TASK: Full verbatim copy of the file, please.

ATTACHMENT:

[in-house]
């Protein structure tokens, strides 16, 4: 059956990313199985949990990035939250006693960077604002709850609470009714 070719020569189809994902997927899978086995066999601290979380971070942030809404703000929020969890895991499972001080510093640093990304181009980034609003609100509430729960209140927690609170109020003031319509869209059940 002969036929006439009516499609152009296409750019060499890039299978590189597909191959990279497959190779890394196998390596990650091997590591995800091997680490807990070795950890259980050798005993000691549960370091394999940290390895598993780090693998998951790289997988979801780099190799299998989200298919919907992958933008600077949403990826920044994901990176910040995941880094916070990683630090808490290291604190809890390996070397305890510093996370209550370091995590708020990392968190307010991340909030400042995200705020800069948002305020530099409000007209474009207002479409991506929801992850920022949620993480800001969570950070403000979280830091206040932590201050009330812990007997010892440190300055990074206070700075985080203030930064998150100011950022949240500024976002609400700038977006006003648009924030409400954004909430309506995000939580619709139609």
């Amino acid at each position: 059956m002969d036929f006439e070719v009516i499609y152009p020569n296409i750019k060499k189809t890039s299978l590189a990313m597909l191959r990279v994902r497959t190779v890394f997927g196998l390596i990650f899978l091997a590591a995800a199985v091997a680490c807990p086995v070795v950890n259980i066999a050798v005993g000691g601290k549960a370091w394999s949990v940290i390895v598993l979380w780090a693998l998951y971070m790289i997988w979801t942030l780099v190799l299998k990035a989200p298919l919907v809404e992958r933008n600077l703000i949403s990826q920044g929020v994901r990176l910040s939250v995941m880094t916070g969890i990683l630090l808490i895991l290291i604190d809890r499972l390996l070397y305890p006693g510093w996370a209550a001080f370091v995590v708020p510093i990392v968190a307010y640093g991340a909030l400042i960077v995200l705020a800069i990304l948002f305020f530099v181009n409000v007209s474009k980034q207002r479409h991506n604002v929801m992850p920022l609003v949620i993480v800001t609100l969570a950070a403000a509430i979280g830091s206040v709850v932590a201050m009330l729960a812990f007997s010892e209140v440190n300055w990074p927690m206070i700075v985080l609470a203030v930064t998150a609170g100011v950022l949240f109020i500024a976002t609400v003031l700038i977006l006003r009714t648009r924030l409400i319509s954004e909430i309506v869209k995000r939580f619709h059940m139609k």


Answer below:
[in-house]
């Protein structure tokens, strides 16, 4: 059956990313199985949990990035939250006693960077604002709850609470009714 070719020569189809994902997927899978086995066999601290979380971070942030809404703000929020969890895991499972001080510093640093990304181009980034609003609100509430729960209140927690609170109020003031319509869209059940 002969036929006439009516499609152009296409750019060499890039299978590189597909191959990279497959190779890394196998390596990650091997590591995800091997680490807990070795950890259980050798005993000691549960370091394999940290390895598993780090693998998951790289997988979801780099190799299998989200298919919907992958933008600077949403990826920044994901990176910040995941880094916070990683630090808490290291604190809890390996070397305890510093996370209550370091995590708020990392968190307010991340909030400042995200705020800069948002305020530099409000007209474009207002479409991506929801992850920022949620993480800001969570950070403000979280830091206040932590201050009330812990007997010892440190300055990074206070700075985080203030930064998150100011950022949240500024976002609400700038977006006003648009924030409400954004909430309506995000939580619709139609």
């Amino acid at each position: 059956m002969d036929f006439e070719v009516i499609y152009p020569n296409i750019k060499k189809t890039s299978l590189a990313m597909l191959r990279v994902r497959t190779v890394f997927g196998l390596i990650f899978l091997a590591a995800a199985v091997a680490c807990p086995v070795v950890n259980i066999a050798v005993g000691g601290k549960a370091w394999s949990v940290i390895v598993l979380w780090a693998l998951y971070m790289i997988w979801t942030l780099v190799l299998k990035a989200p298919l919907v809404e992958r933008n600077l703000i949403s990826q920044g929020v994901r990176l910040s939250v995941m880094t916070g969890i990683l630090l808490i895991l290291i604190d809890r499972l390996l070397y305890p006693g510093w996370a209550a001080f370091v995590v708020p510093i990392v968190a307010y640093g991340a909030l400042i960077v995200l705020a800069i990304l948002f305020f530099v181009n409000v007209s474009k980034q207002r479409h991506n604002v929801m992850p920022l609003v949620i993480v800001t609100l969570a950070a403000a509430i979280g830091s206040v709850v932590a201050m009330l729960a812990f007997s010892e209140v440190n300055w990074p927690m206070i700075v985080l609470a203030v930064t998150a609170g100011v950022l949240f109020i500024a976002t609400v003031l700038i977006l006003r009714t648009r924030l409400i319509s954004e909430i309506v869209k995000r939580f619709h059940m139609k």